India’s coal production has been under fire for being a polluting source of energy generation and in some cases, not adhering to environmental safeguards. Giving credence to this charge, the latest report by India’s Comptroller and Auditor General (CAG) has found loopholes in the way environment safety is managed by Coal India Limited (CIL) and its subsidiaries which account for the majority — about 83% — of the country’s overall coal production.
The report, ‘Assessment of Environmental Impact due to Mining Activities and its Mitigation in Coal India Limited and its Subsidiaries’ was presented in parliament on December 11, 2019. Out of 500 mines and 15 washeries (under CIL) in India, 41 mines and two washeries (representing eight% of mines and 13% of washeries respectively) were taken up for detailed scrutiny. The performance audit was conducted since most of the coal reserves in India are located in river basins which are rich in forest cover and are habitats of precious wildlife and indigenous tribal communities, noted the report.
The report observed that extraction of coal in these specific locations involved serious environmental and social concerns, including, air, noise, water pollution, land degradation and far-reaching consequences on local biodiversity. The audit, which was done for the period from 2013-14 to 2017-18, noted that the Ministry of Environment, Forest and Climate Change (MoEFCC) while according environment clearance (EC) for the projects of the subsidiaries, stipulated from time to time that a well laid down environment policy, duly approved by the Board of Directors (BoD) of the subsidiaries, needs to be in place.
“Six out of seven coal producing subsidiaries of CIL did not formulate a policy as mandated. Further, although guidelines containing the responsibility and delegation at different levels in environment discipline were formulated by CIL, the same was not dovetailed in their operating manual by the subsidiaries,” said the CAG report.
The state-owned coal mining corporate, which came into being in November 1975, is today the single largest coal producer in the world. It is responsible for around 83 percent of India’s overall coal. This report is significant as coal is expected to continue as the mainstay of India’s energy basket for at least another few decades and flouting of norms by CIL will only add to the already heavy pollution load of the country.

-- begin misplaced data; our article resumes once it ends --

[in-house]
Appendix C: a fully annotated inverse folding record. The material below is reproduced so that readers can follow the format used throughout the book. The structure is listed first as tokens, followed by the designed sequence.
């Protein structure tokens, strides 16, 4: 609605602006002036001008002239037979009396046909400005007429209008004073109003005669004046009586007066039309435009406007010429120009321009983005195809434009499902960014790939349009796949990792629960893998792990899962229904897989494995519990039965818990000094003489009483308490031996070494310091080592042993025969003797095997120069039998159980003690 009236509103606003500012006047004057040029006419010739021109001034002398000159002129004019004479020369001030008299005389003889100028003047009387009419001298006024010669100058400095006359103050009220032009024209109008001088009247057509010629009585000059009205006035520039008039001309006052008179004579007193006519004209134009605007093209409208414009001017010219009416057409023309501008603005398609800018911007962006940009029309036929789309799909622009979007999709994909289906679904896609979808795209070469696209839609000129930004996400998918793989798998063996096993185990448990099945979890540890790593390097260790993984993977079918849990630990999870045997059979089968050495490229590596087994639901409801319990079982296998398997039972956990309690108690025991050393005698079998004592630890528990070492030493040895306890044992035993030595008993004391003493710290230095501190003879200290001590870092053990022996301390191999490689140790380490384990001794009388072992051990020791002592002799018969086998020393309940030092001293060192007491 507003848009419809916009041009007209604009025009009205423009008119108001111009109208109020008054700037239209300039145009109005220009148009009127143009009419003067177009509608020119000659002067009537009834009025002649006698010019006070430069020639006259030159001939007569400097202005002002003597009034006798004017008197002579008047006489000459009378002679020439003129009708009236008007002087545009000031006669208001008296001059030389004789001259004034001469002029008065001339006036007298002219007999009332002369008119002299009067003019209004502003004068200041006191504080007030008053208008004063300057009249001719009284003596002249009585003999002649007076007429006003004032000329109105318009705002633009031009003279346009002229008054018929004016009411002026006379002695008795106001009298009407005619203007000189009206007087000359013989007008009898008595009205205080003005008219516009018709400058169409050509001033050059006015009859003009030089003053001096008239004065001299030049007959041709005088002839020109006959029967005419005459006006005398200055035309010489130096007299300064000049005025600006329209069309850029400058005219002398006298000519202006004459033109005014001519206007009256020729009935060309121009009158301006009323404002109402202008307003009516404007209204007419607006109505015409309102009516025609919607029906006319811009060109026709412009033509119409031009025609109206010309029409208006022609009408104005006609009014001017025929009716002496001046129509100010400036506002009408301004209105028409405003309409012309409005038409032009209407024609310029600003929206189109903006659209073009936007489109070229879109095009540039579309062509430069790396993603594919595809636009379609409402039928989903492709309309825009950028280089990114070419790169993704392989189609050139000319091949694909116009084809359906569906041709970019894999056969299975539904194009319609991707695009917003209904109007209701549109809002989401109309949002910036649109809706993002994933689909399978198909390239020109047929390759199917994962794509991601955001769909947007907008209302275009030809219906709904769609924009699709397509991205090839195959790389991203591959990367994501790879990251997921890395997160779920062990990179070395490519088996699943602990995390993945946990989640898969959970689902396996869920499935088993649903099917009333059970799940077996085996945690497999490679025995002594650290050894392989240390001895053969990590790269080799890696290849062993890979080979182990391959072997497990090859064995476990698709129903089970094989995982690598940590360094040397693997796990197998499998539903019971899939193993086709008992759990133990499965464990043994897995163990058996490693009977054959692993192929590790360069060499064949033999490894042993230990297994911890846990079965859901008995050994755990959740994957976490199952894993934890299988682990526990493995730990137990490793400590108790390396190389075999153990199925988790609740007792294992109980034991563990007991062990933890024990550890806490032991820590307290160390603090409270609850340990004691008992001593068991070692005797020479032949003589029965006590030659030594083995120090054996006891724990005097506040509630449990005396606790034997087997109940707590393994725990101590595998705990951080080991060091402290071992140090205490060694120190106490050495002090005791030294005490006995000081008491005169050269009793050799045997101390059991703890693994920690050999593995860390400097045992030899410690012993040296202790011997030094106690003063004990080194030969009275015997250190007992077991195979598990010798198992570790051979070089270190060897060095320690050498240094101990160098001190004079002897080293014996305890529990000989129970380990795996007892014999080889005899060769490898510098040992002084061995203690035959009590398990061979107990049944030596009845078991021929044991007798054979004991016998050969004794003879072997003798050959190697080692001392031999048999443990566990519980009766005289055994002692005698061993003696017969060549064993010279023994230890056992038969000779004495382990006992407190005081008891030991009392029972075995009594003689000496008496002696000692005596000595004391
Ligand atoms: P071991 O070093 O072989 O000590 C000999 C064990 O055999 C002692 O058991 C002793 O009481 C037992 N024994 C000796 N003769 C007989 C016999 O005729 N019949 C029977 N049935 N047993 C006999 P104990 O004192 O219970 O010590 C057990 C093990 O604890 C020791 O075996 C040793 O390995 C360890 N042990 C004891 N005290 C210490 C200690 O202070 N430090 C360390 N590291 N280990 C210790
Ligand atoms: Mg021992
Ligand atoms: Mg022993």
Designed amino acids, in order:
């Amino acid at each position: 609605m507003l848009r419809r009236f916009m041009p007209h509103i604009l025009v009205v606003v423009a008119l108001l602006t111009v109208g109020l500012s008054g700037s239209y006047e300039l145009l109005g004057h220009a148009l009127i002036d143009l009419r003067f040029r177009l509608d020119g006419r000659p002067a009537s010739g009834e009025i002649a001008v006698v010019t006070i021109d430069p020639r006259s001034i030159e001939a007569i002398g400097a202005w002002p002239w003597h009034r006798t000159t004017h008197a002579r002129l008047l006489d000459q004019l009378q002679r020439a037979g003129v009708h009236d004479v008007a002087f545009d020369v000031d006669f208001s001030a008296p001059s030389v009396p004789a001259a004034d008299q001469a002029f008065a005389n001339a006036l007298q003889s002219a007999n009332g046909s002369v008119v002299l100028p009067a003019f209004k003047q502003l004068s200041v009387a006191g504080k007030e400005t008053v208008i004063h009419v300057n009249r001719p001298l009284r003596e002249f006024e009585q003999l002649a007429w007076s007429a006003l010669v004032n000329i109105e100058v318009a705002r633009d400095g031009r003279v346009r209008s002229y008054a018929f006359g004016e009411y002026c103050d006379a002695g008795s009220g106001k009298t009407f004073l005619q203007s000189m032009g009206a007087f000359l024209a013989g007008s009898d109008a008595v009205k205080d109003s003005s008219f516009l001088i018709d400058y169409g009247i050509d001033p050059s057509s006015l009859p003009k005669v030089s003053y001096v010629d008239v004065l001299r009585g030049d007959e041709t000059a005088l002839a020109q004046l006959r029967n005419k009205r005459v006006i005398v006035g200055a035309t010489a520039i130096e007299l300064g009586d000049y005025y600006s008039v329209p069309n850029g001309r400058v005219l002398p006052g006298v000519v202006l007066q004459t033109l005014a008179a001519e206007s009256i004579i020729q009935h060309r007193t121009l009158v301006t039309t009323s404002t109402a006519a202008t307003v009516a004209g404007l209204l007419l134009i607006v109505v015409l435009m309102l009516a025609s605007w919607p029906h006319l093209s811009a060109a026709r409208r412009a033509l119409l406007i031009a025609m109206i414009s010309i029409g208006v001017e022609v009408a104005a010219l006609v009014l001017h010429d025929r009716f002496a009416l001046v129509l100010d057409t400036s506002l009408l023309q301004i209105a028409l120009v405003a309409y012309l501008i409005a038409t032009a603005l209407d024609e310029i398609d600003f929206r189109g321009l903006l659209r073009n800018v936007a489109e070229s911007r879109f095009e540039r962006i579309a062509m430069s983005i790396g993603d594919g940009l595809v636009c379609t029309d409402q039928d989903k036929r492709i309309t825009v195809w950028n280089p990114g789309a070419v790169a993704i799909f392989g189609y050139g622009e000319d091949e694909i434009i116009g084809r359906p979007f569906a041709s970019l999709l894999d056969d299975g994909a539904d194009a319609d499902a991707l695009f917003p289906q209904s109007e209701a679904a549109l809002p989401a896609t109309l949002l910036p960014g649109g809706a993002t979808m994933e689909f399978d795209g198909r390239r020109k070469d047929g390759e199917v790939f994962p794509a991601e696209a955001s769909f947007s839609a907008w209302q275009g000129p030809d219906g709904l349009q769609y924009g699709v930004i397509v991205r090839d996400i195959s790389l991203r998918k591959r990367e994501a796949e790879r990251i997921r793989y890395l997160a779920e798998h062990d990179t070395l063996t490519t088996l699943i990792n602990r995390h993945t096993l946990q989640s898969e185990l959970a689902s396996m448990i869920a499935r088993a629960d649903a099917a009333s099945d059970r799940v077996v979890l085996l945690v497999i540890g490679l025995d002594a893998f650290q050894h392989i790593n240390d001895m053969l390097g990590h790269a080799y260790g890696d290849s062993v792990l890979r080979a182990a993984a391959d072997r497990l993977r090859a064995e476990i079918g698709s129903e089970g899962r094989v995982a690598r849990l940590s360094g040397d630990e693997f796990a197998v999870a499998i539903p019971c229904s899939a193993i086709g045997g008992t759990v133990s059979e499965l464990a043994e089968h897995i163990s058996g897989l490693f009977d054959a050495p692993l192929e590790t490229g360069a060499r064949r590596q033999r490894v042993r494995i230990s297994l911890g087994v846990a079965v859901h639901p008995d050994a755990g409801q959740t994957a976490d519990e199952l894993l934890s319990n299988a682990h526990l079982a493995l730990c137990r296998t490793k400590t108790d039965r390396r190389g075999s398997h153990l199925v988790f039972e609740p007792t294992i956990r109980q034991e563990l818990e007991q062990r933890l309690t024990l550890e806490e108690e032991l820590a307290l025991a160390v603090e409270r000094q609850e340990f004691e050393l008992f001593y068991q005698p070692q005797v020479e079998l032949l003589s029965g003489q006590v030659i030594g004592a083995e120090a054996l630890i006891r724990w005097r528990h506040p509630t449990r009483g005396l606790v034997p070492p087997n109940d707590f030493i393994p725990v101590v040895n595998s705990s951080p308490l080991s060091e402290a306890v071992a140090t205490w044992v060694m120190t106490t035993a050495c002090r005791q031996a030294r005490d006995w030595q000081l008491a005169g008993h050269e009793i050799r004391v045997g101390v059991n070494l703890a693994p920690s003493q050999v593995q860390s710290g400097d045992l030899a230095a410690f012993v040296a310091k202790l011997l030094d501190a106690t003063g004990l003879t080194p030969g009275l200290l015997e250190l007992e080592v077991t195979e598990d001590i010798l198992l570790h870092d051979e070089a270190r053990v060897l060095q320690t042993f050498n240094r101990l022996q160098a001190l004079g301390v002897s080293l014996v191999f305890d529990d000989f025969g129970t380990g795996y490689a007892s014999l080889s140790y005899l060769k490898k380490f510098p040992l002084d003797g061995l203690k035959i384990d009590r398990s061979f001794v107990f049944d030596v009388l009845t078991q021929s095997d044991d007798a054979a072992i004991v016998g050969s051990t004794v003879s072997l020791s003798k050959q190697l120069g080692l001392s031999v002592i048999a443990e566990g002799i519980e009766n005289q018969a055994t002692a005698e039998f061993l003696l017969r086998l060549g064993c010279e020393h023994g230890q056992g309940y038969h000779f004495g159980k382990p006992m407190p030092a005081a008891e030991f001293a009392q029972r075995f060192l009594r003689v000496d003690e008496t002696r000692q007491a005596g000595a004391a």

For instance, in September 2019, India’s Minister for Coal, Mines and Parliamentary Affairs Pralhad Joshi said they are undertaking steps to ramp up the domestic coal production from the current level of 730 MT to 1149 MT by 2023 thereby eliminating the coal import except for the limited non-substitutable imports.
The CAG report also suggested that CIL’s subsidiaries may adopt a two-pronged strategy for pollution control. “The capital works relating to pollution control measures may be completed expeditiously. The plantation works may also be taken up simultaneously and aggressively to increase green cover and restore ecological balance in and around the mines,” it said.
As per the report, the coal ministry accepted the recommendations of CAG while assuring to take appropriate action and stated that these would also be applicable to the entire coal sector which included companies other than CIL.
Coal mines not following air quality monitoring norms
One of the biggest fallouts of the high rate of coal production is high air pollution. The CAG report too looked at this point and noted that according to the environmental management plan of the mines, requisite number of air quality monitoring stations as specified in environment clearance were to be established in the core zone (within three kilometres of the mining area) and buffer zone (within 10 km of the mining area) of each mine for monitoring air quality.
“In 12 of the sampled 30 operating mines/washeries, against 96 monitoring stations, only 58 (60%) were established. Continuous ambient air quality monitoring stations were to be installed and equipped with connectivity to the server of State Pollution Control Boards (SPCB) to facilitate online monitoring of ambient air quality. 12 mines of four subsidiaries did not comply with these directives,” said the report.